Campbell and Wotta frequently trade information about their industry and about what Wotta will face preparing for the Big Chill game against Michigan State on Dec. 11.
The transformation of Michigan Stadium will begin Sunday, hours Michigan's home football finale against Wisconsin.
Sunday afternoon, IceRinkEvents.com, will arrive to lay the foundation for the Big House rink.
The company, which installed the rink for last year's Camp Randall Classic in Wisconsin, will assemble the playing surface and use a Styrofoam base that will cushion the structure. Workers will install patented ice mats to keep the playing surface cold before building the outer shell of the rink.
Berenson said he would like to see the game played on a full-sized Olympic rink which is longer and wider than the NHL style used at Michigan State nine years ago. Since then, the NHL has held an annual Winter Classic, placing hockey inside Wrigley Field in Chicago and Fenway Park in Boston.
Within a couple of days of Thanksgiving, the refrigeration system will be fired up.
The rest is up to Mother Nature.
"Whether it's Michigan Stadium, Wrigley Field or Burr Park, when it's outside, it's an adventure," Wotta said. "It's the things you can't control - that's what you worry about."
Wotta traveled to Madison last year for Michigan's outdoor hockey game against Wisconsin. He studied the Frozen Four set up at Ford Field in Detroit last year.
Wotta monitored the weather in mid-December in 2009, making daily notes about cloud and sun movement.
He did so before permanent lighting was approved for Michigan Stadium. He figured even if the sun did shine on the day of the game, a 3 p.m. start was late enough to keep sunlight off the ice. But he understands that too much sun or any amount of inclement weather could have an adverse effect on the ice.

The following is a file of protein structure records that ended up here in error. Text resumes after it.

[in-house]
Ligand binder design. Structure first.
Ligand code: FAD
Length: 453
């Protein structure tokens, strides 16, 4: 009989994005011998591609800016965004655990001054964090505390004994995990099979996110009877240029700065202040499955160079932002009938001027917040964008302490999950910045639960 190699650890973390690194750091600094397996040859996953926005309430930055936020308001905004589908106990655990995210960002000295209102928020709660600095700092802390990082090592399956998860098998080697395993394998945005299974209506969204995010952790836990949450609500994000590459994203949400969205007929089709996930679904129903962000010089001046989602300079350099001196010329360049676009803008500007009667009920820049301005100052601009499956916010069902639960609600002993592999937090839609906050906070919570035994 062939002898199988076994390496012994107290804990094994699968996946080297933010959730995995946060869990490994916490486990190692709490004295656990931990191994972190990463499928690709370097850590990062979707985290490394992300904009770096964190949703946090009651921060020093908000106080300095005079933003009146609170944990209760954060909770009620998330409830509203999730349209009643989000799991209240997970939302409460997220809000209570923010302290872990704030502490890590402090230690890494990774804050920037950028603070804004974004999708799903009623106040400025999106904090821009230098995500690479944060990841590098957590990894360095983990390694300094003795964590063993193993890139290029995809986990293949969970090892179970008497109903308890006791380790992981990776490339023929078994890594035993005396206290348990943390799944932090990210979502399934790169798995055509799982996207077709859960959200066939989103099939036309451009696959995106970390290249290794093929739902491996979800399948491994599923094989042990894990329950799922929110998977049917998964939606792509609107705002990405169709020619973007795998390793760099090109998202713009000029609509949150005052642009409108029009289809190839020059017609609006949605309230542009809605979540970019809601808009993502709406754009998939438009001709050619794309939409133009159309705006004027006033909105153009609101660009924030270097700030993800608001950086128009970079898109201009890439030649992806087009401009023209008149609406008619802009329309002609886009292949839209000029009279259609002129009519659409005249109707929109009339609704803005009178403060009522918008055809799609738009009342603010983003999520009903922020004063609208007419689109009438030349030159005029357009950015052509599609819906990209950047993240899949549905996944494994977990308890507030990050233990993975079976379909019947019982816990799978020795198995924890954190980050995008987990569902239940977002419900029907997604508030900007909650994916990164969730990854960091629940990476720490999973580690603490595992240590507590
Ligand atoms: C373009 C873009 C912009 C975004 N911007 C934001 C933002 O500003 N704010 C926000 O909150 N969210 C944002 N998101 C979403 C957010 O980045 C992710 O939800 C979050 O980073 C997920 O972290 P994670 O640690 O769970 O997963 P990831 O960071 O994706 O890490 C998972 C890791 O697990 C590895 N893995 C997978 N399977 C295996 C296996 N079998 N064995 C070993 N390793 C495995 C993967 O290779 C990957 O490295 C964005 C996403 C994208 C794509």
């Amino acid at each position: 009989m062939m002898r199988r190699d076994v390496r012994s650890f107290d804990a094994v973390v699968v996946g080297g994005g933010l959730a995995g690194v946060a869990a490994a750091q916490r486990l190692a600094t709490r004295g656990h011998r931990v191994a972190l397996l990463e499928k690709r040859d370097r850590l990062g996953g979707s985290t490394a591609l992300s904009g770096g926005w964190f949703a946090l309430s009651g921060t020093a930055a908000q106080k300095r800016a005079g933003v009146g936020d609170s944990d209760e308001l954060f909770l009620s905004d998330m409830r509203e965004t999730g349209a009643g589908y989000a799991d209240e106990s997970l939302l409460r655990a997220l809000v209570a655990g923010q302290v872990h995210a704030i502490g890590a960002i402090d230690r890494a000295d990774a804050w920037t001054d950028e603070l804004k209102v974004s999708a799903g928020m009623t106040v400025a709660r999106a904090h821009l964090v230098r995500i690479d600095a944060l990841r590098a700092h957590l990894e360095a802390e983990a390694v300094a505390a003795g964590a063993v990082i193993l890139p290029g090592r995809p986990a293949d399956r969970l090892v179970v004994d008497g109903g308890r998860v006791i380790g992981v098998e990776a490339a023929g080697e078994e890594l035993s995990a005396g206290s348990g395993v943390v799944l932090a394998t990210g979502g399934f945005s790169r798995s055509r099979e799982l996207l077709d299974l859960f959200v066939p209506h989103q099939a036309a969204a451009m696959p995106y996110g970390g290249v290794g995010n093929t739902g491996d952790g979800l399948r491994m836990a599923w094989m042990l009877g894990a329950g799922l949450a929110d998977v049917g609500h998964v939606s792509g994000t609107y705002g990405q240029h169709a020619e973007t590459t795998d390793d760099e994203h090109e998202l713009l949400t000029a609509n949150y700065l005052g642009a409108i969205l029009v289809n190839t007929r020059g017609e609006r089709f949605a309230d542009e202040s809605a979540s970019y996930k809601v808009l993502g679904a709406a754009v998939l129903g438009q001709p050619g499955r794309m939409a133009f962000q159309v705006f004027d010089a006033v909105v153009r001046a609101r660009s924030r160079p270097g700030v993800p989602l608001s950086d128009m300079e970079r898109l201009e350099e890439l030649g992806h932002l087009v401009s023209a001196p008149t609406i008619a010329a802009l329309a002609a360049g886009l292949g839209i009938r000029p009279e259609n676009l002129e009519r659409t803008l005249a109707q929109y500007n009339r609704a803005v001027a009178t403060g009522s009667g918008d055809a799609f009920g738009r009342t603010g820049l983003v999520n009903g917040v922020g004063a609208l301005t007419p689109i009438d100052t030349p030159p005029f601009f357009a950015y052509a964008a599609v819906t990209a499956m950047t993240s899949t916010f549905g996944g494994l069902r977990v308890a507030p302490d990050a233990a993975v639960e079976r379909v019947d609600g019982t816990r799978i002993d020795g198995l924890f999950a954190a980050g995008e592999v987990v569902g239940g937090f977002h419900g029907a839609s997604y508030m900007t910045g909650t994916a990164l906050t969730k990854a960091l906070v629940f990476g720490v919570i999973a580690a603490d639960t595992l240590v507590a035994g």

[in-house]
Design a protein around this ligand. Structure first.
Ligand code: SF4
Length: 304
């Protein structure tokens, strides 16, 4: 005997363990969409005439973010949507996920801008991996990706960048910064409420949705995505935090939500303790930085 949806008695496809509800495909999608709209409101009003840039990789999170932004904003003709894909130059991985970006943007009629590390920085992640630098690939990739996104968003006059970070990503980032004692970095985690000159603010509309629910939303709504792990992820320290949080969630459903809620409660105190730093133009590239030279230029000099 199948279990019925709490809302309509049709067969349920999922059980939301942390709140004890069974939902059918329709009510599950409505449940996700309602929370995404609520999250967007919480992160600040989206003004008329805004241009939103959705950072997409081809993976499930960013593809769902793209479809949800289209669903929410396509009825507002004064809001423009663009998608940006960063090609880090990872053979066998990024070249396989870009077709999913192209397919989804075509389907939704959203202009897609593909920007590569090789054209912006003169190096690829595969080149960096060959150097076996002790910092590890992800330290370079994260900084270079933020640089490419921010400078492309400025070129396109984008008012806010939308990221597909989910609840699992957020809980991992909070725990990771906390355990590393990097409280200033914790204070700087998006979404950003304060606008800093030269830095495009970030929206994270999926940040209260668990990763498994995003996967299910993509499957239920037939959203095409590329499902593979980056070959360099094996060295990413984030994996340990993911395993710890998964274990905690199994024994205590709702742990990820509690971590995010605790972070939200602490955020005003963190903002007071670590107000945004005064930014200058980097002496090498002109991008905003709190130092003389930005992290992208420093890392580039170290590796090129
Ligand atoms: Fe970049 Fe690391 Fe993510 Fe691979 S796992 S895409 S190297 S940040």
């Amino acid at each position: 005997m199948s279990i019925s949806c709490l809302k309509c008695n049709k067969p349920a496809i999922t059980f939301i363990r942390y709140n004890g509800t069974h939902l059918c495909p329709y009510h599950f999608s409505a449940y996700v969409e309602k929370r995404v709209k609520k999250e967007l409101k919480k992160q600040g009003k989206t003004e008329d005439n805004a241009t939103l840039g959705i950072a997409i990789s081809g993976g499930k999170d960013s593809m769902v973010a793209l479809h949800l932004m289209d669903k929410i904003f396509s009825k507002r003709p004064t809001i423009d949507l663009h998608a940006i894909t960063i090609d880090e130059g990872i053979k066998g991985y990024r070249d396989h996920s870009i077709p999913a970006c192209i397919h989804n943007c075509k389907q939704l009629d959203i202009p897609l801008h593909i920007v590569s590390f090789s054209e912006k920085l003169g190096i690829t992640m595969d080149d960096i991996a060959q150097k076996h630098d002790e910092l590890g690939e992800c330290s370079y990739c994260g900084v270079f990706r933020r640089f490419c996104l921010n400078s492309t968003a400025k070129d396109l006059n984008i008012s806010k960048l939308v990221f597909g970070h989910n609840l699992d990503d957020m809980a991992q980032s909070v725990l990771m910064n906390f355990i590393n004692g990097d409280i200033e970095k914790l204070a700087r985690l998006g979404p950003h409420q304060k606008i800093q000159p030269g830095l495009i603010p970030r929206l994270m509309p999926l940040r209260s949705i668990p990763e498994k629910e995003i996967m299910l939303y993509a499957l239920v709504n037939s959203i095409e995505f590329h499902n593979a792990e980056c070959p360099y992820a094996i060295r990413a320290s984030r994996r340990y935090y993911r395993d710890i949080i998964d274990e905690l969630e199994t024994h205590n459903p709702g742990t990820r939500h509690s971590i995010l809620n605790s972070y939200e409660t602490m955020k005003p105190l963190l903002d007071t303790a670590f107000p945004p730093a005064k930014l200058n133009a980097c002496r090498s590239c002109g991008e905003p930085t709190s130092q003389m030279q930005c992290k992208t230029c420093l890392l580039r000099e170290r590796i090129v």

Wotta won't have a good idea of what weather conditions will be like until a week before when a slate of 25 games will be played on the surface leading up to the Michigan-Michigan State game.
His staff will use Adrian College's game on Dec. 4 as a dress rehearsal, testing everything from the statistics program to the public address system. The actual Big Chill game will be treated like a home football game from a staff perspective. University officials expect a crowd as high as 112,000.
Wotta considers the week-long outdoor festival a celebration of hockey, fielding games from the junior hockey level to contests that will feature local high school teams. Each game will season the ice, preparing the surface for the main event.
The week will wrap up on Dec. 12 with a public skate.
"This is a new challenge, and anytime you do anything new, it's invigorating and it's challenging," Wotta said. "This is a chance to make history, and to be part of that is exciting.
This is a chance for us to really do something special."
When it's all said and done, Wotta expects the final product to be a first-class event. After the week concludes, Wotta will store the folder away for safe keeping, preparing for a similar event should it take place.
Sixty-three miles away, Wotta's Michigan State ice management counterpart will smile, fully understanding what goes into staging such a monumental event.
"It will be amazing," Campbell said. "There's something about the atmosphere of an outdoor game that is sort of indescribable. And when you have all those people inside the stadium and the setting of the ice on the football field, coming from an ice person, it's awesome.
It will just be awesome."